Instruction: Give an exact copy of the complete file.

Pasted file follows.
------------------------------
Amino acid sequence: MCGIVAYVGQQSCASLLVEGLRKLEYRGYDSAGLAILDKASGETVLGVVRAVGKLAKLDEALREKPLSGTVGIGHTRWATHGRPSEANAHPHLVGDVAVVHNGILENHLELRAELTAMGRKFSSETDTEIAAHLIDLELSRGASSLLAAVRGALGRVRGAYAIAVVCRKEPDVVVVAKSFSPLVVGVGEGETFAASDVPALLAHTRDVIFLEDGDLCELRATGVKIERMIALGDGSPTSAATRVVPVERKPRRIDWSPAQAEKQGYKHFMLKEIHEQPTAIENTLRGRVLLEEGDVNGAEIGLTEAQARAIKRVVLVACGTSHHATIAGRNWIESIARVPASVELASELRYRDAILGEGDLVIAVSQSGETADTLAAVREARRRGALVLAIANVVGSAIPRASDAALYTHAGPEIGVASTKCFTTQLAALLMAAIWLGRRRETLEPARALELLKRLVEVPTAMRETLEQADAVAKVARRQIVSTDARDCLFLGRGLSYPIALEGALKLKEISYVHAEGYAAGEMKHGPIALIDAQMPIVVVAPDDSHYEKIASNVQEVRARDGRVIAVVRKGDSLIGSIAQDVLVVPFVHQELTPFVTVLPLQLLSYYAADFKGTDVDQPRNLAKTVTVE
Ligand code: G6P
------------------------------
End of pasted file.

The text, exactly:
Amino acid sequence: MCGIVAYVGQQSCASLLVEGLRKLEYRGYDSAGLAILDKASGETVLGVVRAVGKLAKLDEALREKPLSGTVGIGHTRWATHGRPSEANAHPHLVGDVAVVHNGILENHLELRAELTAMGRKFSSETDTEIAAHLIDLELSRGASSLLAAVRGALGRVRGAYAIAVVCRKEPDVVVVAKSFSPLVVGVGEGETFAASDVPALLAHTRDVIFLEDGDLCELRATGVKIERMIALGDGSPTSAATRVVPVERKPRRIDWSPAQAEKQGYKHFMLKEIHEQPTAIENTLRGRVLLEEGDVNGAEIGLTEAQARAIKRVVLVACGTSHHATIAGRNWIESIARVPASVELASELRYRDAILGEGDLVIAVSQSGETADTLAAVREARRRGALVLAIANVVGSAIPRASDAALYTHAGPEIGVASTKCFTTQLAALLMAAIWLGRRRETLEPARALELLKRLVEVPTAMRETLEQADAVAKVARRQIVSTDARDCLFLGRGLSYPIALEGALKLKEISYVHAEGYAAGEMKHGPIALIDAQMPIVVVAPDDSHYEKIASNVQEVRARDGRVIAVVRKGDSLIGSIAQDVLVVPFVHQELTPFVTVLPLQLLSYYAADFKGTDVDQPRNLAKTVTVE
Ligand code: G6P